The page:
And the continual need for more jobs is very important to central Illinois and Schock. Like a good number of his Republican colleagues, Schock regularly appears at announcements of projects made possible by stimulus spending despite his opposition to President Obama's Recovery Act. And he has taken note that throughout much of Illinois and his district the effects of the recession continue to linger. Perhaps nowhere has been more affected by the recession than the State of Illinois and Schock does believe it is necessary for the federal government to assist the struggling states but he frets about where the necessary money will come from.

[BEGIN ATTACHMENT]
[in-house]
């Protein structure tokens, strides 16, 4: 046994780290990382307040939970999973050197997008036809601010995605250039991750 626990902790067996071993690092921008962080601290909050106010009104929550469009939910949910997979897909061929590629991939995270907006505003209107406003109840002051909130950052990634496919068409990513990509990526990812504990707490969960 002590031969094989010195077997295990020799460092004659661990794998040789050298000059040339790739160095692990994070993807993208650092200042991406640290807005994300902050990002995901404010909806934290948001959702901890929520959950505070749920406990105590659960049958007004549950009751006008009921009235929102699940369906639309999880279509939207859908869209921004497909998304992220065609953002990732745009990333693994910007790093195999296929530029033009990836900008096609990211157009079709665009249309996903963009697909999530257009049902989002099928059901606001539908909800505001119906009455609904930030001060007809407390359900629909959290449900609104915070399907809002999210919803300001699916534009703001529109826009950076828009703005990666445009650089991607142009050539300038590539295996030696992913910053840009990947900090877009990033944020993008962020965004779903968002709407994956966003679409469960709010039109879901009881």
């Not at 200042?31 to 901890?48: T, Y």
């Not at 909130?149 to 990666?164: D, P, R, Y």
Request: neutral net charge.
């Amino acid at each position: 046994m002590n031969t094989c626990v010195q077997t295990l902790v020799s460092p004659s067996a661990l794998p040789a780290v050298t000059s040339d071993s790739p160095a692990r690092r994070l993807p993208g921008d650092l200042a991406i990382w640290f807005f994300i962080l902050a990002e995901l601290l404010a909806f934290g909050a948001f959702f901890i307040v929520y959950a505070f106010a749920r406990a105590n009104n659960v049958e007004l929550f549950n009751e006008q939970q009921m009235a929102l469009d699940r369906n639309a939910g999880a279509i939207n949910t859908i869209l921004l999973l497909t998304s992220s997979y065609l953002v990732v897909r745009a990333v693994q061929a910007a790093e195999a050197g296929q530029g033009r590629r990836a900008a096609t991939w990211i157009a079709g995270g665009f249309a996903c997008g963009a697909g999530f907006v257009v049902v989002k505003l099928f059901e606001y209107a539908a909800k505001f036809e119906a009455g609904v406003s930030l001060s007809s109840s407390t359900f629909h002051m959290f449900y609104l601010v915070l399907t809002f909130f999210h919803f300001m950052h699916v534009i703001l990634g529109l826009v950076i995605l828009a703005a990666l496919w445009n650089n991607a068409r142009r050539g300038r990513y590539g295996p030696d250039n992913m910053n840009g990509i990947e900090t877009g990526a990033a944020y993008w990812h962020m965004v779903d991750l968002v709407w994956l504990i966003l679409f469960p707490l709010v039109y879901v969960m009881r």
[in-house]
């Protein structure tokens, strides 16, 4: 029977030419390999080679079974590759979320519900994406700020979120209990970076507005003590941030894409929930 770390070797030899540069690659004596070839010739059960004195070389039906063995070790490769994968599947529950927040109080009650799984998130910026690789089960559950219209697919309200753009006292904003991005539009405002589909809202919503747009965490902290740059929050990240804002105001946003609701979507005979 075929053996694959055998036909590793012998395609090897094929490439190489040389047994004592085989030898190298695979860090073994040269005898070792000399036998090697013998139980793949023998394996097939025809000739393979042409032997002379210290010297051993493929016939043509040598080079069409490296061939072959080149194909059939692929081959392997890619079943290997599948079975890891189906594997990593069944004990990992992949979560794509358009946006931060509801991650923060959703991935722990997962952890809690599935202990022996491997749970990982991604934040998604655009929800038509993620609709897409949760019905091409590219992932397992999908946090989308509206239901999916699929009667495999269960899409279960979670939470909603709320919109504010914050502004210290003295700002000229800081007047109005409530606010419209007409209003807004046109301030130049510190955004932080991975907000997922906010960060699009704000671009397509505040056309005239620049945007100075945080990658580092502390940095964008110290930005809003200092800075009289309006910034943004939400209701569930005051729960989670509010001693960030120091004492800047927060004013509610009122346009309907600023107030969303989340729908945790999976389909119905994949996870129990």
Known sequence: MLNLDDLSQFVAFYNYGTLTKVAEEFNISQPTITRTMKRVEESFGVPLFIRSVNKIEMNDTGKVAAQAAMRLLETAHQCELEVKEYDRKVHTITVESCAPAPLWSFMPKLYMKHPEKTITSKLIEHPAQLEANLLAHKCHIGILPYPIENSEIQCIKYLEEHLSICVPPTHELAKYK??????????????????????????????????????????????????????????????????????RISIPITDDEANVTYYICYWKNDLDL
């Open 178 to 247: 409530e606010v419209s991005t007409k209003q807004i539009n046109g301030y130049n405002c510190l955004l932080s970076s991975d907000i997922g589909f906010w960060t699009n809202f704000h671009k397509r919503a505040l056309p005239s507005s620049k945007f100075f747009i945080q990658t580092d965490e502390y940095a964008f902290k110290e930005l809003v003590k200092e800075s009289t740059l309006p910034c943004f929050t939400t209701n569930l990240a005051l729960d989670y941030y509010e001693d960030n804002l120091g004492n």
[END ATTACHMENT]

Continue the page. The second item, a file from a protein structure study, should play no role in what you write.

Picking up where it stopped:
He also is concerned about the state of the truth in the nation. “I am constantly having to correct people who call me with something they heard on TV or in a blog that just isn’t true. I have to point them to the actual bill or tell them that it’s just not true. It used to be that when you read something in a newspaper, you could believe it. And that’s still essentially the case with the new York Times or the Washington Post or even USA Today, but too many people read something on the internet or hear something on TV that is just fiction — or worse. Then they call our office all upset about something and we have to try to correct them — and they don’t always accept that.”
Besides the transportation bill, “there are many important issues that remain unresolved in this session of Congress but I just don't see that changing. I'm afraid that Congress won't accomplish anything substantive before the November elections and many critical bills will carry over into either the lame-duck session or the next Congress.”